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A clear definition of which ethical aspirational principle and enforceable standards are relevant  to the topic below.

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A clear definition of which ethical aspirational principle and enforceable standards are relevant to the topic below.


Ethical Supervision of Trainees in

Professional Psychology Programs

Supervision is a primary means by which students in professional psychology programs acquire and develop

skills needed to provide effective and ethical mental health services (Shallcross, Johnson, & Lincoln, 2010).

Competent and ethical supervision provides a foundation for the attitudes, skills, and commitment supervisees

will need to know what is right and the motivation for self-evaluation and lifelong learning necessary to do

what is right throughout their careers (see Chapter 3).

Supervisors have a fiduciary obligation to their supervisees, the clients/patients under the supervisees’ care,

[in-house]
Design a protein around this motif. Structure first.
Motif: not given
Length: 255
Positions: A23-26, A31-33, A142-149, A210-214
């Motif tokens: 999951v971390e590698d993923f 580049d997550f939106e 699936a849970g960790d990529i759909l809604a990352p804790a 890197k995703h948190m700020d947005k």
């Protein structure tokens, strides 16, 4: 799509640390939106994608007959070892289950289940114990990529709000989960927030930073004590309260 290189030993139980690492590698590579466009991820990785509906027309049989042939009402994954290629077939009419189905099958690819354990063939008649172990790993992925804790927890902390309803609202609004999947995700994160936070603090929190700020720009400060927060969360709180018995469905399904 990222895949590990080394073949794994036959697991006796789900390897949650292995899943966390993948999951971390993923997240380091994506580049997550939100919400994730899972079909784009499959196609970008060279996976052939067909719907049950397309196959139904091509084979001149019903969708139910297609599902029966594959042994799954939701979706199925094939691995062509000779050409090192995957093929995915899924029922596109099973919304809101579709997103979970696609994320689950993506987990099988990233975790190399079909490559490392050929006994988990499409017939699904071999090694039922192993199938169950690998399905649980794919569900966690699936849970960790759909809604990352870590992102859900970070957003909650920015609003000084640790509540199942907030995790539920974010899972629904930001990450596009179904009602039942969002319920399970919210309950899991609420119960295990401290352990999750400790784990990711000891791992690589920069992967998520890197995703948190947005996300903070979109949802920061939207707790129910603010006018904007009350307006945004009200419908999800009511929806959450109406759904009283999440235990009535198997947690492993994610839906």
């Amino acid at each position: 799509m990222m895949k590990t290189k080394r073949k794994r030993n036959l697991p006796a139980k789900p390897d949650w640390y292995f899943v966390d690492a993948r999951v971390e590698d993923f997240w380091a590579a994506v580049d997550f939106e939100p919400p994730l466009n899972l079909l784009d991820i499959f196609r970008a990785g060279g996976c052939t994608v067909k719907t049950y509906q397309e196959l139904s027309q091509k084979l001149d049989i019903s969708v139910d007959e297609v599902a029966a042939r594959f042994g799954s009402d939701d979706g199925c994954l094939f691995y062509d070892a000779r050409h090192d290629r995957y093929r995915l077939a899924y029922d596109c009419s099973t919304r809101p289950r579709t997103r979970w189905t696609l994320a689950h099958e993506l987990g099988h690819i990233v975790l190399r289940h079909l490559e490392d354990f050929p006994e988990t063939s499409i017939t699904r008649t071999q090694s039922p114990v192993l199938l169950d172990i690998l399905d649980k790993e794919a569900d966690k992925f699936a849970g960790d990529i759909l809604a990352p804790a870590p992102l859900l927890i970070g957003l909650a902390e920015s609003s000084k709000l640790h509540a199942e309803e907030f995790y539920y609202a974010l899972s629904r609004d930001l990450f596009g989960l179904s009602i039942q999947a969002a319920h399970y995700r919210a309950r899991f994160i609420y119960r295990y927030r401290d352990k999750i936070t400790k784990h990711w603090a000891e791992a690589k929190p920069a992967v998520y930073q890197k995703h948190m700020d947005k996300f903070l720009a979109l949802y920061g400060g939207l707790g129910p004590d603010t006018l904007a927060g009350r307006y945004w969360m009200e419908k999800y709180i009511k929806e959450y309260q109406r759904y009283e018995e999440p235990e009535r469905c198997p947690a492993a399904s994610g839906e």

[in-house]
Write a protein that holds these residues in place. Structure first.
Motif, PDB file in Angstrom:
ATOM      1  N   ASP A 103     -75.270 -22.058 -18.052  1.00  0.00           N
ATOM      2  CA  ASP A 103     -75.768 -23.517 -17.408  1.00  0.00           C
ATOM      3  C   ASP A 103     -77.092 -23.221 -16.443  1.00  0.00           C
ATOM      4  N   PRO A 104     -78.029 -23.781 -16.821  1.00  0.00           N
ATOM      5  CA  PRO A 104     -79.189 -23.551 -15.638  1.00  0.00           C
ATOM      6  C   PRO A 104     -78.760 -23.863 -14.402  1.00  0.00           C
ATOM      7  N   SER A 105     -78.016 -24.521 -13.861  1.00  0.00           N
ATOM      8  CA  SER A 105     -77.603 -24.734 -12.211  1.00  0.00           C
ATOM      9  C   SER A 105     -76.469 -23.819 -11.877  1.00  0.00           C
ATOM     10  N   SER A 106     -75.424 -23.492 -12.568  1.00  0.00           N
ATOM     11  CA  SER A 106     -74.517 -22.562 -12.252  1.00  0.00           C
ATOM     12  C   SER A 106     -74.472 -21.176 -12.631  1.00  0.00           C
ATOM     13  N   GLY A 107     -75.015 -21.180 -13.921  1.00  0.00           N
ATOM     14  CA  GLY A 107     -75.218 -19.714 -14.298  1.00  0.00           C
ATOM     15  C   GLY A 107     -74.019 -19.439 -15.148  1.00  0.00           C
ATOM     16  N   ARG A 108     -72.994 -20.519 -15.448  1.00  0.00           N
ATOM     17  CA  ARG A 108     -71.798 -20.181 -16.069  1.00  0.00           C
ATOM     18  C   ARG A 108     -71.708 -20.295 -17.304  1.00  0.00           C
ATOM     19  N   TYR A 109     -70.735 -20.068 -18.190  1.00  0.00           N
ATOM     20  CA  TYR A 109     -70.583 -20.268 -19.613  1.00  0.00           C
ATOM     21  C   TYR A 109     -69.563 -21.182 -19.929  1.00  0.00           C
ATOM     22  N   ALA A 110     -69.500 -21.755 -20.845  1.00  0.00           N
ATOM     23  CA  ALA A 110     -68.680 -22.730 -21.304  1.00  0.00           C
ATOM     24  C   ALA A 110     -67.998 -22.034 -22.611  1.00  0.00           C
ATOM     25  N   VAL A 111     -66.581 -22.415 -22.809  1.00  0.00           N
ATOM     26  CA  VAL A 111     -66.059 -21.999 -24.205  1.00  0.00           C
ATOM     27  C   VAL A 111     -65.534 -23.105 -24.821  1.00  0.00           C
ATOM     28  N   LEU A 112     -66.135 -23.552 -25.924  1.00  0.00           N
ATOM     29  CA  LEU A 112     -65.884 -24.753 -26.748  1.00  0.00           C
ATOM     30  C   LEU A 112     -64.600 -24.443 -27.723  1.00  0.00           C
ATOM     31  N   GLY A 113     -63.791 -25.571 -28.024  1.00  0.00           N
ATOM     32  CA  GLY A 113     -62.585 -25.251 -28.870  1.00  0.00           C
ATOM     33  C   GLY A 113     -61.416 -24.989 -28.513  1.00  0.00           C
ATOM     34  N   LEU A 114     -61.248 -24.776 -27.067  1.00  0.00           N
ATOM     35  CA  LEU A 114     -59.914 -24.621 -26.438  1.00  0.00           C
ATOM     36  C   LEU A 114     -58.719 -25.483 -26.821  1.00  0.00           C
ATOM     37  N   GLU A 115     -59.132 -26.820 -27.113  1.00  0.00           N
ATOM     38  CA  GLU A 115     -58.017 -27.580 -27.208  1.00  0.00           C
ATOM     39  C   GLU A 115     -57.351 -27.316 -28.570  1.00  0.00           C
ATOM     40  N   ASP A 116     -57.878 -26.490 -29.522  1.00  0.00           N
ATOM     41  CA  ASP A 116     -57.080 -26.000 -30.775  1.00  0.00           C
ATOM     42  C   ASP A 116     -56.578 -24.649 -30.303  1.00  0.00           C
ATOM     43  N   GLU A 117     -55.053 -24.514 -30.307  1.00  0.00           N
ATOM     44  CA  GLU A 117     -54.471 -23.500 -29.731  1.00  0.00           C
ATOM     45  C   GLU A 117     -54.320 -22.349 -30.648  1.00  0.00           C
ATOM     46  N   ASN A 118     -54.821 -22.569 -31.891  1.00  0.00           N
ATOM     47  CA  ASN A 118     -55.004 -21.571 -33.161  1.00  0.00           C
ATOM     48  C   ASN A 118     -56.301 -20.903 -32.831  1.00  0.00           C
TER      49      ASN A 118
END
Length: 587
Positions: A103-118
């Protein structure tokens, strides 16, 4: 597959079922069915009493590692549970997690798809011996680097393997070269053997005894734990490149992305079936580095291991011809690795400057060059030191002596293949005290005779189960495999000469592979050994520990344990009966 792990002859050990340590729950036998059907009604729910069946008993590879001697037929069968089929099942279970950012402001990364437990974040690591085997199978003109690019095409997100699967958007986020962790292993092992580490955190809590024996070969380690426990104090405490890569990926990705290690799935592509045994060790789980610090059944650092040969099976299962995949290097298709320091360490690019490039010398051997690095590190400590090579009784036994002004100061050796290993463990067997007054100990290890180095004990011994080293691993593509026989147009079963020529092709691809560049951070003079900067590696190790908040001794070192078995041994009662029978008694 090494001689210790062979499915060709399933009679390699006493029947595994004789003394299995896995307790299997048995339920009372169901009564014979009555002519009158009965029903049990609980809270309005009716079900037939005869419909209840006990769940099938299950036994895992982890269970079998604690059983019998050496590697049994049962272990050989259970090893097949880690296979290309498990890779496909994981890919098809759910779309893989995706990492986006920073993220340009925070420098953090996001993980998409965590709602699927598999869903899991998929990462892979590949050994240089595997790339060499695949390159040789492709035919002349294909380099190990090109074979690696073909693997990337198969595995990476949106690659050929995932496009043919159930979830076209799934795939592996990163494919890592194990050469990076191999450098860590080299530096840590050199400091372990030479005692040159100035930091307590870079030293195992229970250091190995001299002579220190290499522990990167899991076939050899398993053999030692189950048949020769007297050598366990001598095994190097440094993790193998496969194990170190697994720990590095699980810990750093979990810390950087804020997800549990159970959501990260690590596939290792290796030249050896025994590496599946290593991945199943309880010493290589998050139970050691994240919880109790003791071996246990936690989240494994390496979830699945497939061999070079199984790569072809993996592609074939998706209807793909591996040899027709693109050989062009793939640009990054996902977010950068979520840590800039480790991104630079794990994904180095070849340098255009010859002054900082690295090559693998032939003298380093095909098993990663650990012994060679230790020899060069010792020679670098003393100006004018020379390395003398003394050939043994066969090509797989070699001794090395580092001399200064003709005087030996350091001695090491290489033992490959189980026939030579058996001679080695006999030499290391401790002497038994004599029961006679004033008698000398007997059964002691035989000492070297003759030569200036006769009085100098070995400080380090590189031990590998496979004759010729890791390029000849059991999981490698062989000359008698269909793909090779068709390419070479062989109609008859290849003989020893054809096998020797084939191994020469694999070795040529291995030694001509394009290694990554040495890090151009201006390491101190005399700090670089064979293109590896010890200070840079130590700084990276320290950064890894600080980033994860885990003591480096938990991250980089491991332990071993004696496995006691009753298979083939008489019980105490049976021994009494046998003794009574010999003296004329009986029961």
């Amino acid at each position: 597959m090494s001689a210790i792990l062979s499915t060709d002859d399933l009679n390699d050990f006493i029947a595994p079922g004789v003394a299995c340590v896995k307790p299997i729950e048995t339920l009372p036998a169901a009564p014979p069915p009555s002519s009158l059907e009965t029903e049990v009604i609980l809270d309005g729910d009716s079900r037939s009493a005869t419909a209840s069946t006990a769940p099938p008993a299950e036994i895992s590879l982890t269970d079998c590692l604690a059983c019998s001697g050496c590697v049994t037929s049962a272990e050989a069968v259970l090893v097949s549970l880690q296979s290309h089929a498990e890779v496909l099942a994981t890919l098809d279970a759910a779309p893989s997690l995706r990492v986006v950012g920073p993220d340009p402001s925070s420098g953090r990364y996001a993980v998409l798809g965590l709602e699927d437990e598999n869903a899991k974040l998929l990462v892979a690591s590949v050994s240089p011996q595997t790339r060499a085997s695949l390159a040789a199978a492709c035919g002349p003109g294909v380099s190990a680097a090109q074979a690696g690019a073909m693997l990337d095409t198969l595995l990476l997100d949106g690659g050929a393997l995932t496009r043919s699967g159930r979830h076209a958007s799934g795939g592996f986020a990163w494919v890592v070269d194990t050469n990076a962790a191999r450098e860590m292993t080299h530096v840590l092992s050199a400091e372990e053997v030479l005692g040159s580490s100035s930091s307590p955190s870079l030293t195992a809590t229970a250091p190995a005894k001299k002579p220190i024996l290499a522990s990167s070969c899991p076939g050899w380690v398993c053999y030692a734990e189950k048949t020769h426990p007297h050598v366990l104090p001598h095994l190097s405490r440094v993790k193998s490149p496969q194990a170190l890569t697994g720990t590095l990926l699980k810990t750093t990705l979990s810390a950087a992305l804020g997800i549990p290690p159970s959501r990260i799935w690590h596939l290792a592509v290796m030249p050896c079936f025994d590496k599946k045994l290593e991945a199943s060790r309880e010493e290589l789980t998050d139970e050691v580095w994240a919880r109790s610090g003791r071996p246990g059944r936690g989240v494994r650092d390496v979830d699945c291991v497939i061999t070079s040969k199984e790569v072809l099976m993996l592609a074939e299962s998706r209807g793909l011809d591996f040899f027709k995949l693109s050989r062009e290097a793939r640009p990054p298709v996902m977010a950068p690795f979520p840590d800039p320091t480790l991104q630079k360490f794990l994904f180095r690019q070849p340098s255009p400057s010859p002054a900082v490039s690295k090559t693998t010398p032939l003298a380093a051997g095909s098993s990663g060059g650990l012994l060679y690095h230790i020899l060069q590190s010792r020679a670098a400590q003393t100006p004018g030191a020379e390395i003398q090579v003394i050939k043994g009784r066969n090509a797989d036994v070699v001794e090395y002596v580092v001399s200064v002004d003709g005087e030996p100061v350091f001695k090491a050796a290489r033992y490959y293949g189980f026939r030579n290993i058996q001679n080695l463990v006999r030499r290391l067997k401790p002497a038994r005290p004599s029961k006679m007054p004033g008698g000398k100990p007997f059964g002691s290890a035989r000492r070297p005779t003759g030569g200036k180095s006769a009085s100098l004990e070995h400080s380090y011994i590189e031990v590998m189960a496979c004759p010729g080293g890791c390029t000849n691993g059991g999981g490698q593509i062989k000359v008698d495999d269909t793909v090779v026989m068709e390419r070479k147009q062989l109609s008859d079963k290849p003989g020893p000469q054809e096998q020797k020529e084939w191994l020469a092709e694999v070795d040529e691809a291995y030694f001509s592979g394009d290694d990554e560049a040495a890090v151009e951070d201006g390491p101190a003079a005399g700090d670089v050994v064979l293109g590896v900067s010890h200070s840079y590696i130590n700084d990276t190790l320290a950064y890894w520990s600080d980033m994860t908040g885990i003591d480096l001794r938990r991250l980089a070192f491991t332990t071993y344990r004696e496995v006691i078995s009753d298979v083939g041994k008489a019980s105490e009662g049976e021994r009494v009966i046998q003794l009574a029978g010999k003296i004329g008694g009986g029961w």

and the public (Principle B: Fidelity and Responsibility). They must (a) nurture the supervisees’ professional

skills and attitudes, (b) ensure that supervisees’ clients/patients are provided appropriate mental health treatment,

and (c) serve as gatekeepers who take appropriate actions to prevent supervisees not able to demonstrate

the needed professional competence from entering the profession and practicing independently

(Principle A: Beneficence and Nonmaleficence; Barnett et al., 2007; Bernard & Goodyear, 2004). Supervision

should be marked by mutual respect, with supervisor and supervisee both contributing to the process of establishing

goals and role responsibilities (Principle E: Respect for People’s Rights and Dignity; Pettifor, McCarron,

Schoepp, Stark, & Stewart, 2011). The goal of this Hot Topic is to describe the competencies needed to provide

effective and ethical supervision, desired outcomes on which to fairly evaluate supervisee performance, and

how trainees can contribute to their supervisory experience.

Competencies for Effective Supervision